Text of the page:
Contrasting Spatial and Seasonal Trends of Methylmercury Exposure Pathways of Arctic Seabirds: Combination of Large-Scale Tracking and Stable Isotopic Approaches
Peer reviewed, Journal article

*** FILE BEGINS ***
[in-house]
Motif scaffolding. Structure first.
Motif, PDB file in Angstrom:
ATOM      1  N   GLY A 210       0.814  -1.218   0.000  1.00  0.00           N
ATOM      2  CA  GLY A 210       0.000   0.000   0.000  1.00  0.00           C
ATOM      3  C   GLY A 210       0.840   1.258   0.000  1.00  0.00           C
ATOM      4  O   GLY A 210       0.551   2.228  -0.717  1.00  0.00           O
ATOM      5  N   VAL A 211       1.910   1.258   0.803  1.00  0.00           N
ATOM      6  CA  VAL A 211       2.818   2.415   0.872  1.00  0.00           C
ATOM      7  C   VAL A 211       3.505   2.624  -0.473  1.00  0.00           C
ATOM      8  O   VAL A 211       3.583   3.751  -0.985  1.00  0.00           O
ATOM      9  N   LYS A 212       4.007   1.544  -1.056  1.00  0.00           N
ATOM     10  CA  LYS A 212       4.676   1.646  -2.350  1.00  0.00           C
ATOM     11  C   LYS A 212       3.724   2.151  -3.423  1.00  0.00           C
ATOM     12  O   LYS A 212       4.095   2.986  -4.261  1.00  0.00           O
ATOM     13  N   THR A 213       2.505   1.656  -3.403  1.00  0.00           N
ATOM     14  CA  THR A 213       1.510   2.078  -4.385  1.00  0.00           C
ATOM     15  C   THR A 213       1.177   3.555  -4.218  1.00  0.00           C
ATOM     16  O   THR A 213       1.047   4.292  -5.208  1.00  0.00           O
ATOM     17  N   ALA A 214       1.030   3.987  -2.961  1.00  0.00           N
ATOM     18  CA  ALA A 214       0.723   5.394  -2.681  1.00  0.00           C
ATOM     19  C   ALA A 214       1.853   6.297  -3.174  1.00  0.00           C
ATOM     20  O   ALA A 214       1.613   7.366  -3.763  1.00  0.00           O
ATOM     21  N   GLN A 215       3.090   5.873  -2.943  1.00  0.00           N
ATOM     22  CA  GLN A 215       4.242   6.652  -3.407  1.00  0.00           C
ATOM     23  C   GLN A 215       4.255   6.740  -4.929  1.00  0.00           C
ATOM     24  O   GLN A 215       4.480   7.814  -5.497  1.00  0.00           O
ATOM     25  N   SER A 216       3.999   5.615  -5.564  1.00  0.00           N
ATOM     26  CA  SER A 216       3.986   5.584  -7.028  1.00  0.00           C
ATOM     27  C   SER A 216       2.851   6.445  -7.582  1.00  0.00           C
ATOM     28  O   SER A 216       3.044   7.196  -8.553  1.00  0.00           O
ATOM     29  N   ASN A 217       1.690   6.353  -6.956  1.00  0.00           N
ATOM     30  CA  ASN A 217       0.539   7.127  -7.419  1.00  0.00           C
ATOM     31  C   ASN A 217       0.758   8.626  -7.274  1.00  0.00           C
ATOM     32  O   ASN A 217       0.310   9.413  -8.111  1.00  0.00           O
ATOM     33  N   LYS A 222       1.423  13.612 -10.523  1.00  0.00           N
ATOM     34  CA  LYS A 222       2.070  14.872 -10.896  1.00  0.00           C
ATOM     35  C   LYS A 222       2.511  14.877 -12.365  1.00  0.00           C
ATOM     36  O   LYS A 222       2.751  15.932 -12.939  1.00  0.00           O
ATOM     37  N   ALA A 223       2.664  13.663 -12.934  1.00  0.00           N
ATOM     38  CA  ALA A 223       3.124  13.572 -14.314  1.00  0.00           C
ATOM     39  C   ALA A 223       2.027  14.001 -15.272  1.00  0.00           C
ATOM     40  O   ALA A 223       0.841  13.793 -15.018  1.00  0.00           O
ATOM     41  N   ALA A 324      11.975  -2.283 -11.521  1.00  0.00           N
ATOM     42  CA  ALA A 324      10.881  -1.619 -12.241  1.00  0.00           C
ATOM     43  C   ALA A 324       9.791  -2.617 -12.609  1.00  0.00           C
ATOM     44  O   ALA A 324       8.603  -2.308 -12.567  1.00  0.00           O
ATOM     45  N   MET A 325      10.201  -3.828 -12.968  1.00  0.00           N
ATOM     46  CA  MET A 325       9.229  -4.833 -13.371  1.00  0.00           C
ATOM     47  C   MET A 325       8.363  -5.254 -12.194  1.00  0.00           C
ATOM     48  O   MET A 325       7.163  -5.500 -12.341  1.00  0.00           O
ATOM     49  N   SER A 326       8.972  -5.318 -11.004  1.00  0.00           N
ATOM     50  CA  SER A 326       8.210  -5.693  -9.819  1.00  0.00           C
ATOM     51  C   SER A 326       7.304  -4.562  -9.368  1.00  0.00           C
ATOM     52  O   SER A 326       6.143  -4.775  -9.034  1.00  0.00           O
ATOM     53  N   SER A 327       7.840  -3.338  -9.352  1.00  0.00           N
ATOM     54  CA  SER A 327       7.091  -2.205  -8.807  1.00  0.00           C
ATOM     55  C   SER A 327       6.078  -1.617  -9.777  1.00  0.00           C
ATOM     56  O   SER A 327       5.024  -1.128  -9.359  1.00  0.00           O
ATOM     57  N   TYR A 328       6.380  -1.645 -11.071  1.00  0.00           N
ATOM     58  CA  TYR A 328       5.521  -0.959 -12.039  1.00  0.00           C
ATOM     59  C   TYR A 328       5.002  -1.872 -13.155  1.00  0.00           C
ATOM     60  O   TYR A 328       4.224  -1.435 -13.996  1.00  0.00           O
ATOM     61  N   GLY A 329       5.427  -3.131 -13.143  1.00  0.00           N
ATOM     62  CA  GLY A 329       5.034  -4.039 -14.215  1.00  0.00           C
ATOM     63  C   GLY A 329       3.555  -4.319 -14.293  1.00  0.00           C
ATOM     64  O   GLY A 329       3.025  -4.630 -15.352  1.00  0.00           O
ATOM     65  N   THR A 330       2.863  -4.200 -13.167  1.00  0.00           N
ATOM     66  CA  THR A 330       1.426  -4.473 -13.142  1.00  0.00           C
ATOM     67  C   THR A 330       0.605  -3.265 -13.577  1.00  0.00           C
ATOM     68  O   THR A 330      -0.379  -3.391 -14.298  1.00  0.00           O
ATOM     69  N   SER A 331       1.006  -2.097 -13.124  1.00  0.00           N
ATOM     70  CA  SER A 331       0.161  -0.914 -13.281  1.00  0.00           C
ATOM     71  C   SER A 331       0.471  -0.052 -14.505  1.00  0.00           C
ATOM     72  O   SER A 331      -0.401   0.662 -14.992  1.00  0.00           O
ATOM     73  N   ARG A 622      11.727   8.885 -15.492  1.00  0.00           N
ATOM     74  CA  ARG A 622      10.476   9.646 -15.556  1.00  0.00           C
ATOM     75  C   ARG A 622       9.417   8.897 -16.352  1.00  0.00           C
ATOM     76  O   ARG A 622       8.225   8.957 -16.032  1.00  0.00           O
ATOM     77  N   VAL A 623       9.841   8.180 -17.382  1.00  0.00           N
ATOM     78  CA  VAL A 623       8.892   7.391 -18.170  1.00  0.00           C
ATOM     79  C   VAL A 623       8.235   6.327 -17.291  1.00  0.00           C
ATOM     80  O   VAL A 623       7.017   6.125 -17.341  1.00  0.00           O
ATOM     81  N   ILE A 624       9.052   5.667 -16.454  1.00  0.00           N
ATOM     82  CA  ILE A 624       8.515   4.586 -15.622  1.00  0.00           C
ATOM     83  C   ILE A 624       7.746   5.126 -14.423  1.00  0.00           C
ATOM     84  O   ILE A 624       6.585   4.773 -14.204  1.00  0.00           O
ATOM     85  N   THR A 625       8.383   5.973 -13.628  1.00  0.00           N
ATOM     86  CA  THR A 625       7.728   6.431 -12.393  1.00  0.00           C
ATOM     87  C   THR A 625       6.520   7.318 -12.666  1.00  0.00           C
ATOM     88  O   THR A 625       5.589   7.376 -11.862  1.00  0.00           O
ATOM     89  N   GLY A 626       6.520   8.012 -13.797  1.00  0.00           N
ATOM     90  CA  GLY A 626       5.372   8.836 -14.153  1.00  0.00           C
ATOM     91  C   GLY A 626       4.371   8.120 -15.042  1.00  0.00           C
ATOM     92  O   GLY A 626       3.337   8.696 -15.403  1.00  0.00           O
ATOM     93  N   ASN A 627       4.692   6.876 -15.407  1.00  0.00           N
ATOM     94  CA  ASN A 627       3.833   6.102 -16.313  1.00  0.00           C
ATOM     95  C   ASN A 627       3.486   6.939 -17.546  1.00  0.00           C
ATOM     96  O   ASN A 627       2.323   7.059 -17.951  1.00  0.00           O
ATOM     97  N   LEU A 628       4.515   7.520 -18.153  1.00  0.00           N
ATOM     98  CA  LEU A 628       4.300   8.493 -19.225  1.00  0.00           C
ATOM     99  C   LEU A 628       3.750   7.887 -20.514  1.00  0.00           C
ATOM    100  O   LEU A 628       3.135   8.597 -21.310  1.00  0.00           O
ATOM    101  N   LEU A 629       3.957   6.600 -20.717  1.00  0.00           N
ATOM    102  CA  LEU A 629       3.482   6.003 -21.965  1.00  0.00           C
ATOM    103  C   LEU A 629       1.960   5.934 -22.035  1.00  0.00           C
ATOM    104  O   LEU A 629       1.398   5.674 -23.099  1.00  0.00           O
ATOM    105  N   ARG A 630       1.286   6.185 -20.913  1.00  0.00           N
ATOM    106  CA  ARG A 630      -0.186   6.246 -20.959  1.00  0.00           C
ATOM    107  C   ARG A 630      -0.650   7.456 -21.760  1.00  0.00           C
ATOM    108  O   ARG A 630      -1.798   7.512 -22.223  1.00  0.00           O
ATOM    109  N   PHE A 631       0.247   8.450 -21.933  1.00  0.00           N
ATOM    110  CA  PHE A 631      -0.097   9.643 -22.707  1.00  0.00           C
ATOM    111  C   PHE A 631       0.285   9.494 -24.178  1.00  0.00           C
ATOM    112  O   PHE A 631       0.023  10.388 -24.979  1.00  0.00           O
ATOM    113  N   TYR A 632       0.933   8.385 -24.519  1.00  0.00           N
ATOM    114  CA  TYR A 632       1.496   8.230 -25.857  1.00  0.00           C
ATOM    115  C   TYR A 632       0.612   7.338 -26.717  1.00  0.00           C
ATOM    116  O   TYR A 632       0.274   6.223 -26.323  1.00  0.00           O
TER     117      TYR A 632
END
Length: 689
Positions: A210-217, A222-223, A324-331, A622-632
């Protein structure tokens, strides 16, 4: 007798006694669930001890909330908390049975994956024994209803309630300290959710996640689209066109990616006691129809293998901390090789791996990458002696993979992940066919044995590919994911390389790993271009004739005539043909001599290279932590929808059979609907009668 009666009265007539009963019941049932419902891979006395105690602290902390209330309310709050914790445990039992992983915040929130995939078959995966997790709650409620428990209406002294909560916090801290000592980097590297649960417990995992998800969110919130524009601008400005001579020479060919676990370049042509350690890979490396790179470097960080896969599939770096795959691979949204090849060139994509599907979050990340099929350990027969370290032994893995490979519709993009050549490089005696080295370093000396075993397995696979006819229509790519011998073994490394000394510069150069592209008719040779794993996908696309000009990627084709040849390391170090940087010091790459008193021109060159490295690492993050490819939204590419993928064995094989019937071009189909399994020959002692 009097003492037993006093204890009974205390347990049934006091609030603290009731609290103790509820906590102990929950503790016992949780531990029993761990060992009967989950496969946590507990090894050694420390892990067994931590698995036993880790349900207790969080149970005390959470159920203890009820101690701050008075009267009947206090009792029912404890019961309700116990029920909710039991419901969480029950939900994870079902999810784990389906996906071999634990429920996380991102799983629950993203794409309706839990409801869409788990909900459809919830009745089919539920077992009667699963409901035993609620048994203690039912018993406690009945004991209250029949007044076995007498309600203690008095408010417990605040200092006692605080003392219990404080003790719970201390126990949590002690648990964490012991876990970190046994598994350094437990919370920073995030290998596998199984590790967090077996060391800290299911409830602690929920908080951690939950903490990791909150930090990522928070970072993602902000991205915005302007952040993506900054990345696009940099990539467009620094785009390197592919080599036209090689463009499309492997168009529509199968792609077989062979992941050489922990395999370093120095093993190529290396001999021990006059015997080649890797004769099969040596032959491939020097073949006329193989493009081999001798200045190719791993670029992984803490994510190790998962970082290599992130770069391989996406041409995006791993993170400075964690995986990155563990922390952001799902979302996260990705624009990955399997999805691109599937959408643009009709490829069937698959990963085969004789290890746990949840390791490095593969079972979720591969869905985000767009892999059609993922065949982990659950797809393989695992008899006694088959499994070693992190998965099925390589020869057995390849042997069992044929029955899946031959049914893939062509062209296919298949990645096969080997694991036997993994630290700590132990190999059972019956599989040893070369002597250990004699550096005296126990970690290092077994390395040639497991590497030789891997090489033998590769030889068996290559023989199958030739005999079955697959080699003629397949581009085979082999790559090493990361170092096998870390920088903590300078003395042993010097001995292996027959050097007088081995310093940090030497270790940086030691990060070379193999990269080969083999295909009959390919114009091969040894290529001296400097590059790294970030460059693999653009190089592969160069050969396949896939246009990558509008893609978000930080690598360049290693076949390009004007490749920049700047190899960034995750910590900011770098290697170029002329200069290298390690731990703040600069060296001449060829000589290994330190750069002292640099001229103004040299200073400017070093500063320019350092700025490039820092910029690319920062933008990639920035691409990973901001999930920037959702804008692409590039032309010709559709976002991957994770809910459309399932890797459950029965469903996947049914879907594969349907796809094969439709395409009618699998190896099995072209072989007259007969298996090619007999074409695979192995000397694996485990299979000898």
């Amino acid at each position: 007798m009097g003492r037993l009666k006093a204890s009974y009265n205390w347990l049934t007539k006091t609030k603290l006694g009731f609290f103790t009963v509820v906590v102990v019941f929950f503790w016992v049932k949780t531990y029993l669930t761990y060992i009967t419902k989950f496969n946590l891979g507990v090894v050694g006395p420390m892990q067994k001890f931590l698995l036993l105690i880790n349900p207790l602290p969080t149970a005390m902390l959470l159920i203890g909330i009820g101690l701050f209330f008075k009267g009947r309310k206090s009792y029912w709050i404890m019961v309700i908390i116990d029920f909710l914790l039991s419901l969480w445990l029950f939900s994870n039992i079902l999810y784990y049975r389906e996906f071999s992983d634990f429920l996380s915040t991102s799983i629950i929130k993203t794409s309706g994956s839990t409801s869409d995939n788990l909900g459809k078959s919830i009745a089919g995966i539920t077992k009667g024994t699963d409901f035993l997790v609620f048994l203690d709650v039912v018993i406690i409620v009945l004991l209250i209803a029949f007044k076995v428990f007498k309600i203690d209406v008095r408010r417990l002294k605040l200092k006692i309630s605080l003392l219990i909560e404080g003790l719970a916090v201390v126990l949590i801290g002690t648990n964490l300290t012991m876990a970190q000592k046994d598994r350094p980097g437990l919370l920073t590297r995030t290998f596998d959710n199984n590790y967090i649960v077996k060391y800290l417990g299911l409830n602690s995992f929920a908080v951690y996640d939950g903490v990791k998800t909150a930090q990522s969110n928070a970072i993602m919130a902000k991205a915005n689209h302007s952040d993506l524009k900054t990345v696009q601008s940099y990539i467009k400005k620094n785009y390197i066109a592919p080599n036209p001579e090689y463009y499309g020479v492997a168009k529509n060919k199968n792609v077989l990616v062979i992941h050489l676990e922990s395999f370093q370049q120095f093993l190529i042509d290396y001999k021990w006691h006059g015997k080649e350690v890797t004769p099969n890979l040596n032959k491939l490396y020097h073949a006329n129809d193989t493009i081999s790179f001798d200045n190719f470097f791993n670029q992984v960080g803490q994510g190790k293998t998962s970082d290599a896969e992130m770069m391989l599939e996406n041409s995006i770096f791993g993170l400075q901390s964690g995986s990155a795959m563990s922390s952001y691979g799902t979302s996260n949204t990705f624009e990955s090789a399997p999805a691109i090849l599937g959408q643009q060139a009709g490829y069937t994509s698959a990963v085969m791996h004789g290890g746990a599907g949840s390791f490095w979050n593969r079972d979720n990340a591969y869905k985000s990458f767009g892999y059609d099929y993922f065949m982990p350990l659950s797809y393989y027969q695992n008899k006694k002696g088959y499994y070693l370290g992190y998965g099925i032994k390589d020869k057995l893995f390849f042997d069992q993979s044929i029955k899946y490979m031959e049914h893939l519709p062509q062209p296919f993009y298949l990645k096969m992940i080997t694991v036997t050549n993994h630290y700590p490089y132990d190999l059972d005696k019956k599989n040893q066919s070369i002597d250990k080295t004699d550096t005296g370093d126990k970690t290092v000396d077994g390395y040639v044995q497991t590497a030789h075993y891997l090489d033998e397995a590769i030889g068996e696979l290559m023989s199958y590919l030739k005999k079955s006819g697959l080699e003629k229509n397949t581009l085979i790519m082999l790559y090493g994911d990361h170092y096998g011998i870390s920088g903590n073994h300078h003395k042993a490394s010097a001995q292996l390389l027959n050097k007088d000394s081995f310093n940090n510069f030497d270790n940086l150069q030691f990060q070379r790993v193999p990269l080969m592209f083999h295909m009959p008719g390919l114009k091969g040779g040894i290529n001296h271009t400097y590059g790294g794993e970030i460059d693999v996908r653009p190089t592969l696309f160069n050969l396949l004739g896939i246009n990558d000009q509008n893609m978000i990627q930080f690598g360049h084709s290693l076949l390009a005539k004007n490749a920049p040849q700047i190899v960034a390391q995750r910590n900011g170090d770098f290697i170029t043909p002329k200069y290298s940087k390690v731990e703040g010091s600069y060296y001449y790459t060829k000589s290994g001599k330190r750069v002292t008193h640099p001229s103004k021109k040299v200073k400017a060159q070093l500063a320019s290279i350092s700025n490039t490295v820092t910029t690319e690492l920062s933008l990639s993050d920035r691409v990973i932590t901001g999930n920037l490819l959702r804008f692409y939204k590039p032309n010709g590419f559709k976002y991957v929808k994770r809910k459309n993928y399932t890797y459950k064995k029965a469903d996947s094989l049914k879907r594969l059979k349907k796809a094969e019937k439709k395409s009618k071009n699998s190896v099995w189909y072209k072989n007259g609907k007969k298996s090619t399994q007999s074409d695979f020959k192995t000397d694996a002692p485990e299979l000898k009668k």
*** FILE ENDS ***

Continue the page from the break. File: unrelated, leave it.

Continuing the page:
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Despite the limited direct anthropogenic mercury (Hg) inputs in the circumpolar Arctic, elevated concentrations of methylmercury (MeHg) are accumulated in Arctic marine biota. However, the MeHg production and bioaccumulation pathways in these ecosystems have not been completely unraveled. We measured Hg concentrations and stable isotope ratios of Hg, carbon, and nitrogen in the feathers and blood of geolocator-tracked little auk Alle alle from five Arctic breeding colonies. The wide-range spatial mobility and tissue-specific Hg integration times of this planktivorous seabird allowed the exploration of their spatial (wintering quarters/breeding grounds) and seasonal (nonbreeding/breeding periods) MeHg exposures. An east-to-west increase of head feather Hg concentrations (1.74–3.48 μg·g–1) was accompanied by significant spatial trends of Hg isotope (particularly Δ199Hg: 0.96–1.13‰) and carbon isotope (δ13C: −20.6 to −19.4‰) ratios. These trends suggest a distinct mixing/proportion of MeHg sources between western North Atlantic and eastern Arctic regions. Higher Δ199Hg values (+0.4‰) in northern colonies indicate an accumulation of more photochemically impacted MeHg, supporting shallow MeHg production and bioaccumulation in high Arctic waters. The combination of seabird tissue isotopic analysis and spatial tracking helps in tracing the MeHg sources at various spatio-temporal scales.